Crossposted on the OpenNet Initiative blog.
As Pakistan lifted a two-week long ban on Facebook Monday, Bangladesh began blocking the site.
Both bans followed the creation of a Facebook group promoting “Everybody Draw Mohammed Day,” an event that encourages participants to submit artistic representations of the prophet Mohammed — something many Muslims consider to be idolatry — as an exercise in free speech.
As Jillian York explained in an OpenNet Initiative (ONI) blog post earlier this month, the Pakistan Telecommunication Authority (PTA) blocked the site on May 19 in accordance with a Pakistani high court order. The order followed a complaint by the Islamic Lawyers’ Movement, a group that petitioned the court, calling the Facebook group “blasphemous.”
Neither the original Facebook group nor the associated blog and website are currently in operation. According to the BBC the group was completely “withdrawn” by Facebook officials, while The Guardian reports that Facebook has “restricted access to the page in certain countries, including Pakistan, ‘out of respect for local rules.'” The group is not accessible from the United States.
On May 31, Pakistan’s Lahore High Court announced that it would reverse its order and restore access to the site. However, the court asked the government to take steps to prevent access to blasphemous and sacrilegious content online by considering a filter similar to that used in Saudi Arabia.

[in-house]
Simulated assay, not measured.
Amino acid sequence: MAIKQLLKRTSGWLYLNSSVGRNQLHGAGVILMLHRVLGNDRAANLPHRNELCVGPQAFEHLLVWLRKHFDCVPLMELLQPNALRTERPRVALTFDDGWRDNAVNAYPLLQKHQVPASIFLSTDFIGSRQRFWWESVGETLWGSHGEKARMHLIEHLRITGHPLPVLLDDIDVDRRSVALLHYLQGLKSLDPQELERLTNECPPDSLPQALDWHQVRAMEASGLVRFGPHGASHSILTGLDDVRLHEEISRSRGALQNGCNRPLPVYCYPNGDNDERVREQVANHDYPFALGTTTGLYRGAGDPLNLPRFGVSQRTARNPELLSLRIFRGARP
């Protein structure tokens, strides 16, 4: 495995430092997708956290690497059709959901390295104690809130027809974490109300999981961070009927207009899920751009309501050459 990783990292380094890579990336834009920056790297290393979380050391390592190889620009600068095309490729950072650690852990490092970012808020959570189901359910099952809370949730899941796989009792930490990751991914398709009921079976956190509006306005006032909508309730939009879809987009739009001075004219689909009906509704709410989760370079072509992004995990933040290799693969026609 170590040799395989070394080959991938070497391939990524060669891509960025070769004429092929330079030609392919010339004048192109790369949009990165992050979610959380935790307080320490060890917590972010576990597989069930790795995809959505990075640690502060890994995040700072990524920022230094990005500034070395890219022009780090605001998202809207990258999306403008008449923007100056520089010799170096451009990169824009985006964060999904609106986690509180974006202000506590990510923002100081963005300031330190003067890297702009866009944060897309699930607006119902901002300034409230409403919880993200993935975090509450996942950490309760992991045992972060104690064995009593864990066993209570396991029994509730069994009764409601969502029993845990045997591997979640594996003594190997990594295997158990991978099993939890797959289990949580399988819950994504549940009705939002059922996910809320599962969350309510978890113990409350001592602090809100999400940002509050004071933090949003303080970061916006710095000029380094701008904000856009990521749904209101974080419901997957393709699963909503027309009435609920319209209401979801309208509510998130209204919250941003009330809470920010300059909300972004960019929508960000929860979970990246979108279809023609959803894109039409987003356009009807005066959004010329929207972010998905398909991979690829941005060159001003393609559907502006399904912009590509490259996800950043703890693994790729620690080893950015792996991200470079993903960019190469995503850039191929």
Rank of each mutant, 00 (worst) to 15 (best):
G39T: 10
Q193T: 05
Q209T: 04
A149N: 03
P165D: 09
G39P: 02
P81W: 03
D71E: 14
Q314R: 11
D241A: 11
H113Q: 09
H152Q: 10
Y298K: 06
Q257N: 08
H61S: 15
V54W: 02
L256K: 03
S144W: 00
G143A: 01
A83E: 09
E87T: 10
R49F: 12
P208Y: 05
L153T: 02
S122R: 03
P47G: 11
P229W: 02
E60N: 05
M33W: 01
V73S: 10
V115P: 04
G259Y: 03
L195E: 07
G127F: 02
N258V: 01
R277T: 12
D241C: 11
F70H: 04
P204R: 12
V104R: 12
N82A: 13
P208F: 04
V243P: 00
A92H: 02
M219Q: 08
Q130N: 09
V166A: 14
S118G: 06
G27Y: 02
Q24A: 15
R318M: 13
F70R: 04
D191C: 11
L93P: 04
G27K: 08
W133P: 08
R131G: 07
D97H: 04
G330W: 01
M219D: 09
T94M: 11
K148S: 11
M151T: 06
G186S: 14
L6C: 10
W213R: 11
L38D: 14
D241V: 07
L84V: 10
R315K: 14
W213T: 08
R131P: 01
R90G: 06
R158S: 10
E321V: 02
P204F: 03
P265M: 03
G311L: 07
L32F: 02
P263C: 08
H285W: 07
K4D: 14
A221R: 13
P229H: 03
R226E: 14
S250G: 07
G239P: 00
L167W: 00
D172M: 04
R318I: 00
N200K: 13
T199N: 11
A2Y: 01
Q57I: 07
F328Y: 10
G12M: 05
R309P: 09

As Pakistan reversed its ban, the Bangladesh Telecommunication Regulatory Commission (BTRC) announced that it would be “temporarily” blocking all access to the site within Bangladesh. The block is in response to “obnoxious images”, according to a representative of the BTRC. The offending content includes depictions of Mohammed and several of the country’s political officials as well as links to pornographic sites. The BTRC has said it will restore access once the content is removed.
A 30-year-old man has been arrested in the Bangladeshi capital for posting images of Mohammed on Facebook.
According to ONI sources, the United Arab Emirates blocked the individual Facebook group. Saudi Arabia has also blocked the group.
Help us track whether Facebook is accessible from your country!
Herdict collected over 30 reports that Facebook was inaccessible in Pakistan. As of Tuesday afternoon, users in Bangladesh were largely reporting that Facebook is still accessible, though this is likely to change as the ban continues. You can tell us whether Facebook is accessible in your country via the Herdict reporter or by using Twitter or e-mail.